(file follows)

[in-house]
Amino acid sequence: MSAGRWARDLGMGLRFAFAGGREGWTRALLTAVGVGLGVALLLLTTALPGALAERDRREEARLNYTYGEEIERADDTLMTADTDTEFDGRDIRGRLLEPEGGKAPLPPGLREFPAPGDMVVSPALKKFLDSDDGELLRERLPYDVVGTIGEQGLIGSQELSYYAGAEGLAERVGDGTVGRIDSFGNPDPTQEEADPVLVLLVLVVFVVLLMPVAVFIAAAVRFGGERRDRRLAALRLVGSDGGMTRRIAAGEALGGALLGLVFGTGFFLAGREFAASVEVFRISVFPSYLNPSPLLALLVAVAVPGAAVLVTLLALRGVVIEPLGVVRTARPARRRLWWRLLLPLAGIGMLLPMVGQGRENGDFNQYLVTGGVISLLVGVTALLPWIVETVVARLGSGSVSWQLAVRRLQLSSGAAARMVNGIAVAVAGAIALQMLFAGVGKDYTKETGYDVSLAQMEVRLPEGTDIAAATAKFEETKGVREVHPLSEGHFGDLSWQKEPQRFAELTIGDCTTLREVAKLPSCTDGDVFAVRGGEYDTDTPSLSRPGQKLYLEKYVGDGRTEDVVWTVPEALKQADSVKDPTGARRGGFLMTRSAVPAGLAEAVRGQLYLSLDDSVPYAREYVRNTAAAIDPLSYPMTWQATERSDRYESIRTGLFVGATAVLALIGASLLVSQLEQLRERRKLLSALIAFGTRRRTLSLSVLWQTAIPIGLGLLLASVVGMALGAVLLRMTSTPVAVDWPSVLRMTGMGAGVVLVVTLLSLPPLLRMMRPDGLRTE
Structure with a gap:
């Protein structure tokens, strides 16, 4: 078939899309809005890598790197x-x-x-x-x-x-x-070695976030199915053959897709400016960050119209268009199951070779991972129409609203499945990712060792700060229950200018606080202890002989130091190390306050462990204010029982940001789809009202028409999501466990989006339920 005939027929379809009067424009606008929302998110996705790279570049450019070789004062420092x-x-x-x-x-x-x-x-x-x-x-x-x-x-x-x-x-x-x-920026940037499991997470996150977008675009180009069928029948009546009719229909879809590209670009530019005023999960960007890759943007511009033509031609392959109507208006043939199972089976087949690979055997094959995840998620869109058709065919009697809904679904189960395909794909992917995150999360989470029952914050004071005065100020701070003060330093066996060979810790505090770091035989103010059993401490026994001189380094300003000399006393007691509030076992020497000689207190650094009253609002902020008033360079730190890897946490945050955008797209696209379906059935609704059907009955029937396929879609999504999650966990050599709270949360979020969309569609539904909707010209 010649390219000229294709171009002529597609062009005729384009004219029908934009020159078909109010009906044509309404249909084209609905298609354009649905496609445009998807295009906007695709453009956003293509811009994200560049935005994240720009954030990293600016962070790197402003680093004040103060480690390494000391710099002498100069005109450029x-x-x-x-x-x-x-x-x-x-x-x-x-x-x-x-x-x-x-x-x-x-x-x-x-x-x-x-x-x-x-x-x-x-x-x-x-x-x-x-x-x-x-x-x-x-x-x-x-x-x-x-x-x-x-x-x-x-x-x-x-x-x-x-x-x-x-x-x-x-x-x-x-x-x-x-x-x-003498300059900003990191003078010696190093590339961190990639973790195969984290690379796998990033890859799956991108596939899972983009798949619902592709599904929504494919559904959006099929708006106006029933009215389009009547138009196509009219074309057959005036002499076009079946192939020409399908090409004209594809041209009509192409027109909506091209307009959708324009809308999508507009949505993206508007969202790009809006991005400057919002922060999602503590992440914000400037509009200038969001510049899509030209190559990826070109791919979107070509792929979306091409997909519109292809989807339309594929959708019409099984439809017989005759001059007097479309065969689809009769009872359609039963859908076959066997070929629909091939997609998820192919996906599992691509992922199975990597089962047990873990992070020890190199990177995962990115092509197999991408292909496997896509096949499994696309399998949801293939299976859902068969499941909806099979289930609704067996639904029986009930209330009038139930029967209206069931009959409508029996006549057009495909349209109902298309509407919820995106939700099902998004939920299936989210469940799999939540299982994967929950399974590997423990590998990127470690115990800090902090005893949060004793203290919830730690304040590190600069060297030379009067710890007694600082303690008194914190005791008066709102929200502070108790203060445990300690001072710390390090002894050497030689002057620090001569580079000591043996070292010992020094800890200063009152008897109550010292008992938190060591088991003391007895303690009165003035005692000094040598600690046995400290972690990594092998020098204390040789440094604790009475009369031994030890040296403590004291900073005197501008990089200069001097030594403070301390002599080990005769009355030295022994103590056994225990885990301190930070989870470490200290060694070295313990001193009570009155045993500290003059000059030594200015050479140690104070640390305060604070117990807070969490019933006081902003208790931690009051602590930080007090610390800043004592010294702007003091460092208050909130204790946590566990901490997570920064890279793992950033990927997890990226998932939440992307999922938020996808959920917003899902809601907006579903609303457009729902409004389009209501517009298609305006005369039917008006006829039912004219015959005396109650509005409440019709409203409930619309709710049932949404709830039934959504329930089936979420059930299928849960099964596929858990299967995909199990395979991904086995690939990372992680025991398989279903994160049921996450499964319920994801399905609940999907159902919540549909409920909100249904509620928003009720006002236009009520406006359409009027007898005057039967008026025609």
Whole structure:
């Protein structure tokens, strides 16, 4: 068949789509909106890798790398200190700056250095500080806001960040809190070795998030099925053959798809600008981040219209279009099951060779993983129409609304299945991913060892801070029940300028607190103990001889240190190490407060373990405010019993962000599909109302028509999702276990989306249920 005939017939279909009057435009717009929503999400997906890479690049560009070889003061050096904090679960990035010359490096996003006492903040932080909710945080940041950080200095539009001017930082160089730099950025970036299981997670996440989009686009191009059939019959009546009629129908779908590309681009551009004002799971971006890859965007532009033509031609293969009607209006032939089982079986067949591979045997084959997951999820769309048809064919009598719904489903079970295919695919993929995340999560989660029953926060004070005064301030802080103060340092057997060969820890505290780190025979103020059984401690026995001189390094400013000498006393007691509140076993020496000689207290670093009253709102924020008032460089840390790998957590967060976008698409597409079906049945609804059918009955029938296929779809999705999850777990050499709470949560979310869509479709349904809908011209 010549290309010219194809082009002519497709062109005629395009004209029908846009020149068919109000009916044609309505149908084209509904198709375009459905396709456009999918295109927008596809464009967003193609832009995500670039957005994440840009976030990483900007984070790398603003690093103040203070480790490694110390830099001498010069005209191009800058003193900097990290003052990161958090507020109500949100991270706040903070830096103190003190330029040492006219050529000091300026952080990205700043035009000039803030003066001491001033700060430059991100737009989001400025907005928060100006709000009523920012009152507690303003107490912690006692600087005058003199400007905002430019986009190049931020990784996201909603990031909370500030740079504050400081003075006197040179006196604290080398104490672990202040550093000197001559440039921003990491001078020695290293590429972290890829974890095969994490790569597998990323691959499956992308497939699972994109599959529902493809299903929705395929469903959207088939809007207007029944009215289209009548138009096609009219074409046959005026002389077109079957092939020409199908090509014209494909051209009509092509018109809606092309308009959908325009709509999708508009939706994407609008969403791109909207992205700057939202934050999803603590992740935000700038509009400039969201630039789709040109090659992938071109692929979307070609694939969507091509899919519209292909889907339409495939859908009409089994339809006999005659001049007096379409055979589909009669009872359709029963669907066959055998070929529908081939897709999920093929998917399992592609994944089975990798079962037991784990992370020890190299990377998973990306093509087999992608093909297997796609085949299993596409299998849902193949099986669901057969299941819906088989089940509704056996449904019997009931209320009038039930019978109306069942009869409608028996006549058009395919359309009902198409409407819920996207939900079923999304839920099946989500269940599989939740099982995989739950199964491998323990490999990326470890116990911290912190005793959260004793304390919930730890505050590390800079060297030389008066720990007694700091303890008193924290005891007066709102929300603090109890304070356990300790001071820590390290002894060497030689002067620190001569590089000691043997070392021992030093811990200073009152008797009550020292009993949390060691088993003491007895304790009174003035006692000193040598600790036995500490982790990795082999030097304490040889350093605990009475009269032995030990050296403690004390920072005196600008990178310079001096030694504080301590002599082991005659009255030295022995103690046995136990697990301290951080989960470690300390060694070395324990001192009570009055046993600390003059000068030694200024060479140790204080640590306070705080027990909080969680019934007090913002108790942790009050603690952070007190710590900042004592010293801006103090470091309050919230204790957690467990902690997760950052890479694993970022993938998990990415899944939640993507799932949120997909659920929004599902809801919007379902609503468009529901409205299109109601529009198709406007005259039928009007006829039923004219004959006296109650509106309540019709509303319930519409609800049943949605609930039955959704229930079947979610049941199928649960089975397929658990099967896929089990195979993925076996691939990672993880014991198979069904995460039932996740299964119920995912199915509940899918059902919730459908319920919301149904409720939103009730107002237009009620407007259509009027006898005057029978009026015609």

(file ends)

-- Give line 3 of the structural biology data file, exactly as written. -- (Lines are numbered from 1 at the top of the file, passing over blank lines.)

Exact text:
Structure with a gap: